One of our favorite tools for vocal postproduction is the Waves Vocal Rider plug-in. We typically don’t recommend third-party plug-ins, but this particular plug-in is a workhorse and performs excellently for spoken and sung vocals. Its simple interface makes it easy to use and fits in with our ethos for creating great audio in the shortest amount of time.
The Waves Vocal Rider plug-in mimics someone moving fader moving gently up and down to compensate for changes in audio level. The algorithm detects patterns for average loudness over time, and cleverly increases and decreases audio levels only as needed. Even better, it automatically resets to a neutral position when the incoming signal drops below a predetermined threshold. As a result, it doesn’t raise the gain during the natural pauses between words and sentences. By comparison, traditional compressors use simple binary logic to either raise or lower gain when the signal level exceeds a user-defined threshold. Vocal Rider includes more variables specifically suited to vocal recording, that raise and lower the gain smoothly while preventing the noise floor from creeping up when the person stops speaking.
Vocal Rider works flawlessly with vocals recording in a quiet studio environment with little to no background noise. That said, we find that it also works well with vocals that contain low to moderate background noise, such as a recording through a lavaliere, a recording on location or in well-controlled live music scenario. Unfortunately, bleed from ambient sound may cause the output gain to rise and fall unpredictably. Your mileage may vary with vocal recordings in noisy environments, especially those with intermittent loud spikes and transients.
Vocal Rider is available in various formats, including AU, VST3, and AAX, making it compatible with a variety of DAWs and video editing software. We’ll be discussing it in Logic Pro X, but the same concepts apply using it in any other professional DAW, like Avid Pro Tools, Adobe Audition, or Apple Garage Band.
You’ll Still Need A Compressor
Vocal Rider doesn’t replace a traditional compressor, unfortunately, but used in addition to a compressor results in remarkably smooth and present vocal recordings. For those of you using Apple Logic Pro X, see our post about setting up the optimal compressor settings, then insert Vocal Rider after the compressor. Vocal Rider really works as though a sound technician were carefully listening for changes in audio level, and gently turning up and down the volume to keep the level consistent over time.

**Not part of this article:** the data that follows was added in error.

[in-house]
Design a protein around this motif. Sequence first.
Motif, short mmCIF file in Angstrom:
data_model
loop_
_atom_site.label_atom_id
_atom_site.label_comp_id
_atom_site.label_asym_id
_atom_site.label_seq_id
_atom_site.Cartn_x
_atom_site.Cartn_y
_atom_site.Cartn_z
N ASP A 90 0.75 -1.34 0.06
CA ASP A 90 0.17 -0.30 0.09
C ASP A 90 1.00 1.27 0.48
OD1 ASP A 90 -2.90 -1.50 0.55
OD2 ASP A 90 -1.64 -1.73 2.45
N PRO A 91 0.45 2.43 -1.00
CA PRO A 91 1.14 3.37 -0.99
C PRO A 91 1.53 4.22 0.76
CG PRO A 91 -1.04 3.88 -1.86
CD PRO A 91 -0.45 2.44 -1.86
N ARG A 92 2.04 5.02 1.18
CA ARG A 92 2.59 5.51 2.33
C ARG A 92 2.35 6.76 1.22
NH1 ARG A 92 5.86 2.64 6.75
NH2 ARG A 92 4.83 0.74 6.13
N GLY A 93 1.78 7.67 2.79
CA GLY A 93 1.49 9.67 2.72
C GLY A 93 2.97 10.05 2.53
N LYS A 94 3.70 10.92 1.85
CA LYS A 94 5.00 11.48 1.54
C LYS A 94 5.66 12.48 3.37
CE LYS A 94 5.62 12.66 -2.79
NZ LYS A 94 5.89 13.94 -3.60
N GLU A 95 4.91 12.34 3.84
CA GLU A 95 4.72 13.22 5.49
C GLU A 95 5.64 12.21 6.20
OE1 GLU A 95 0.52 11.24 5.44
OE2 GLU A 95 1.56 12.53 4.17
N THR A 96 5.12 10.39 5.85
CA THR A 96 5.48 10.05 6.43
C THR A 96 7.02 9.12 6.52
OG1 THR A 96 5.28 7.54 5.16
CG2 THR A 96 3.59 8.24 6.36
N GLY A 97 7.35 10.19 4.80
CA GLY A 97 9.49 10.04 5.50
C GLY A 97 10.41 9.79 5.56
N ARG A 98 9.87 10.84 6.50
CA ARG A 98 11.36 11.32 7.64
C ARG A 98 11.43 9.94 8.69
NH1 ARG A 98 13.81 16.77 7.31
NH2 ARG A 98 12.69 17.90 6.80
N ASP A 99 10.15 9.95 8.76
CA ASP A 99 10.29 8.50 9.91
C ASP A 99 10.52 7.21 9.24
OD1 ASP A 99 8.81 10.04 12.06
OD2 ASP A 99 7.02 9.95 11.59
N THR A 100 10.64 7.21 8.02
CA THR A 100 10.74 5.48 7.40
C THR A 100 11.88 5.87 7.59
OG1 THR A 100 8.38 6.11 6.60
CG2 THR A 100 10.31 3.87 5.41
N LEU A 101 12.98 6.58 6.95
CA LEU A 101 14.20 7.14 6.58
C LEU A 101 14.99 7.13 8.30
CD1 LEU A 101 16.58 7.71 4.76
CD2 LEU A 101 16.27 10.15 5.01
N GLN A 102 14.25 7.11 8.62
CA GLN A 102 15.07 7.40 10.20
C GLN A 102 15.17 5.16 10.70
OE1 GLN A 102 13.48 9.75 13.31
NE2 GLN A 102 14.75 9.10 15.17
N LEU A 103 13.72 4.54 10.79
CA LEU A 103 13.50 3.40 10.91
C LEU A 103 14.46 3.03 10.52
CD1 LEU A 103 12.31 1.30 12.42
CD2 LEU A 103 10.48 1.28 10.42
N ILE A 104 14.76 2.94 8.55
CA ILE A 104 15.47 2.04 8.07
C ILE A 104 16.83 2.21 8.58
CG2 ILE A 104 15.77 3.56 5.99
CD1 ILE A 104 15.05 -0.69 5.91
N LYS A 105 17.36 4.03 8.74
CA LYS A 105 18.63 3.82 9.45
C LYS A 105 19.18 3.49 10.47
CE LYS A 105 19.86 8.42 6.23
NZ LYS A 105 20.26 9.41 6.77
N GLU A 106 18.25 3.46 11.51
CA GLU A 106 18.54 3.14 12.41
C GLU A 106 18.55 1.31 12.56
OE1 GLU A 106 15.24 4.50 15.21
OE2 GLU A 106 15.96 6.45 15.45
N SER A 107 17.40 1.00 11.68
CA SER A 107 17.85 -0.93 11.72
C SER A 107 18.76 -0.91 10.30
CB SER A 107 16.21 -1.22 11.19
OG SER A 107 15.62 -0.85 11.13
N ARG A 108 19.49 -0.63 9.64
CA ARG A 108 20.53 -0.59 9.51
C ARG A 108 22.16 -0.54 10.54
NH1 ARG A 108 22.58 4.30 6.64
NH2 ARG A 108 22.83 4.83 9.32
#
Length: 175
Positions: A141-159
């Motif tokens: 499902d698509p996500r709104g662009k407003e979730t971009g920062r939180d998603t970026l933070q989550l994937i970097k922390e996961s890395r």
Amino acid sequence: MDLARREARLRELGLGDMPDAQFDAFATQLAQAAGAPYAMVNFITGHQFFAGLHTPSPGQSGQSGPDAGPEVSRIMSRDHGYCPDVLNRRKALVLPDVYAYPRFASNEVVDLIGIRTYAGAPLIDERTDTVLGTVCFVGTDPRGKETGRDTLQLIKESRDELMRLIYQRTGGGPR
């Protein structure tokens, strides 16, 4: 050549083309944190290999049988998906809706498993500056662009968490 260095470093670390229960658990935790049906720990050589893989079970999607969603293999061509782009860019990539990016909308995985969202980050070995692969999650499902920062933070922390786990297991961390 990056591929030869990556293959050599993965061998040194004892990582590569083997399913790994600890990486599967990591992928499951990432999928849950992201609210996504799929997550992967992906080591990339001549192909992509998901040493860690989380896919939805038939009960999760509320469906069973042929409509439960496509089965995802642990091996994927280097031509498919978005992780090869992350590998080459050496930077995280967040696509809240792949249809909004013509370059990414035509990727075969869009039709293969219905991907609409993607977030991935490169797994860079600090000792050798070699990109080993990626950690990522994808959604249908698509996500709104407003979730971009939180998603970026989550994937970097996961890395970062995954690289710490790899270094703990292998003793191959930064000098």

How to Use It
We recommend using this plug-in at its default startup settings, only changing the input threshold “target” and output sliders. Move the center of the “target” slider to the average incoming level, then adjust the output slider to add additional gain or to prevent clipping. The red LED indicator lets you know if you’re clipping, so reduce the output gain if any clipping occurs. We’ve tried adjusting settings beyond this, but for well-recorded audio, it’s just about perfect once you set the target level.
You’ll see other options on the plug-in interface like the fast-slow toggle switch to adjust how quickly the plug-in adjusts the gain. In most cases, the slow setting sounds best, but feel free to use the fast setting if the levels are changing quickly and unpredictably. You’ll also notice the vocal sensitivity setting available to adjust how quickly output gain reacts the incoming vocals. There may be occasions where increasing the sensitivity is necessary, such as for very soft talkers, but most of the time you can leave this knob at the default 12 o’clock setting.
Vocal Rider Live
Waves offers a variation of Vocal Rider aimed for use scenarios with considerable background noise. We don’t recommend using this plug-in as it just doesn’t work very well overall. Background noise simply requires too much fine-tuning and adjustment, and Vocal Rider Live often falls short of distinguishing between background noise and desired vocals. The end results are inconsistent levels that jump up and down unpredictably. If there’s an optimal way to set up this plug-in for noisy environments, we haven’t found it. For noisy recordings where re-recording isn’t an option, leave the noise as is and manually adjust the levels up and down (yes, this is very time consuming) and use a brick-wall limiter to catch transient spikes and eliminate clipping.
Waves Vocal Rider is one of the most effective tools for automating vocal levels for audio postproduction. Unlike a compressor, Vocal Rider acts as though someone was gently adjusting a mixer fader up and down for your vocal tracks. The plug-in uses an algorithm to detect vocals and cleverly resets to a neutral position when the vocals stop. This results in cleaner audio as the plug-in keeps the noise floor from creeping during silent passages.
Unfortunately, the plug-in does come at a cost. We only recommend Waves Vocal Rider for those who do large quantities of long-form vocal audio production. You can get without this plug-in, but it does add more presence and consistent volume output than simply using compressors and limiters alone. Like most tools in audio production, the difference with and without Vocal Rider will be subtle, especially if you already practice good recording techniques. If plug-ins like these are out of your budget or if you’re new to audio recording, focus instead on practicing speaking into a microphone with headphones on to get familiar how the sound gets captured. Vocal Rider won’t be of much use for noisy recordings made with poor mic technique.